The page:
- The ability for tanks to advance and cause massive devastation due to the blitzkrieg.
- The beginning of lightning warfare in Poland, creating a less passive feeling towards German movement in Europe.
Tanks over whelming power became useful and apparent in the invasion of Poland in 1939 as they were moved forward with the help on air force tactics and precision infantry. This new type of warfare coin Blitzkrieg or lightning war by the Germans opened the eyes of Europe to the power and devastation now harnessed by communist leaders. Tanks outstanding maneuverability and large firepower desolate anything in its path, with this new technique tanks ability soon became clear.
The 17.3 ton Mk. IV Panzer tank was introduced in 1937 and used throughout WW II. Early in that conflict it was the dominant tank. Its fast firing, short barreled 75mm gun was ideal for supporting infantry and the Mark IV was used with great effectiveness in German Blitzkrieg attacks on Poland, France, the low countries, and initially in the invasion of the USSR. Top speed was 18 MPH.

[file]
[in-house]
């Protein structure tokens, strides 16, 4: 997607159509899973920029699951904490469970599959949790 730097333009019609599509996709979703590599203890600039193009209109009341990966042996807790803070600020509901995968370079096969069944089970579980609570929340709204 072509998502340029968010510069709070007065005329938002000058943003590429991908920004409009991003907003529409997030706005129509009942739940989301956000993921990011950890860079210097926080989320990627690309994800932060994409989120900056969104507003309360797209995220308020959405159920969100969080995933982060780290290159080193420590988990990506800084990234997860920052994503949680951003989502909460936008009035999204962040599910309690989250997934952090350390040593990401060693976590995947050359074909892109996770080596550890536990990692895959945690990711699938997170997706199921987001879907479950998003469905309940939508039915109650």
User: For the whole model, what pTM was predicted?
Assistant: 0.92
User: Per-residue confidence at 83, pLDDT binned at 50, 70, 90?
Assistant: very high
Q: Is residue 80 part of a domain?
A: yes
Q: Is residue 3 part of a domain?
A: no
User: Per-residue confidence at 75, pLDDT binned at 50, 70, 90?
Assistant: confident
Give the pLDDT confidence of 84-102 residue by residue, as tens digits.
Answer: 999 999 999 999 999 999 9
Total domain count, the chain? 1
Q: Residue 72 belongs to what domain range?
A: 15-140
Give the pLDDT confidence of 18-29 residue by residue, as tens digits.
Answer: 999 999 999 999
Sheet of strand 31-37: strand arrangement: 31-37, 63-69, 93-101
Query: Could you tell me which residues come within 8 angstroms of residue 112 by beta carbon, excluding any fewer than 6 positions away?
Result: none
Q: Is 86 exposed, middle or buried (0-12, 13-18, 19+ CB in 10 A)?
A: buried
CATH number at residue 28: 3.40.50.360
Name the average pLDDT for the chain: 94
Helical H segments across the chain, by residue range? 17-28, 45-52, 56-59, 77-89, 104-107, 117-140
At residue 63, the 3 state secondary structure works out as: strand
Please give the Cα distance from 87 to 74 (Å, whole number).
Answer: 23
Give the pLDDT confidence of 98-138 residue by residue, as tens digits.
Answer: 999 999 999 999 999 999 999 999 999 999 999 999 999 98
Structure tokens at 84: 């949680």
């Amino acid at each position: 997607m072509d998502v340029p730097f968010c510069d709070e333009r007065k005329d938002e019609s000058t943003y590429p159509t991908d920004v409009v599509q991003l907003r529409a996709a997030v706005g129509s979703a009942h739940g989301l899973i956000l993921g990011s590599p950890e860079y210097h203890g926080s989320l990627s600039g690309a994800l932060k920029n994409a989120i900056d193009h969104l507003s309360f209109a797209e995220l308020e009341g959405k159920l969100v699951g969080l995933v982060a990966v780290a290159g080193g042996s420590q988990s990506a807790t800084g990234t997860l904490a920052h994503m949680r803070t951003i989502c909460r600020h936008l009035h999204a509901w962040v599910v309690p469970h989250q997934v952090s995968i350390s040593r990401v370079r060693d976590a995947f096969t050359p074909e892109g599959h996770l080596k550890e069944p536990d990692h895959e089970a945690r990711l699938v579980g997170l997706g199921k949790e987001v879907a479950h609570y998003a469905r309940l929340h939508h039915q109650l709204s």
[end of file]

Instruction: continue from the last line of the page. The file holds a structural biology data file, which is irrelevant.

There were hull and turret mounted machine guns to increase the Mark IV's lethality against enemy infantry. Between 1940 and 1945, Germany produced about 9,000 of these tanks, making the Mk. IV far more numerous on both the Western and Eastern Fronts than the later Panther and Tiger tanks. The Mark IV provided a nice balance of protection, firepower, reliability and maneuverability early in the war.
When it was realized that the original, short barreled 75mm gun lacked the muzzle velocity to penetrate the heavy armor of the newer Soviet T34 tank, a long barreled 75mm gun became standard in the Mark IV. This high velocity weapon served for the rest of the war, keeping the Mk. IV a dangerous foe for all Allied tanks, although by then its 30mm armor could be defeated by the front line Allied tanks.
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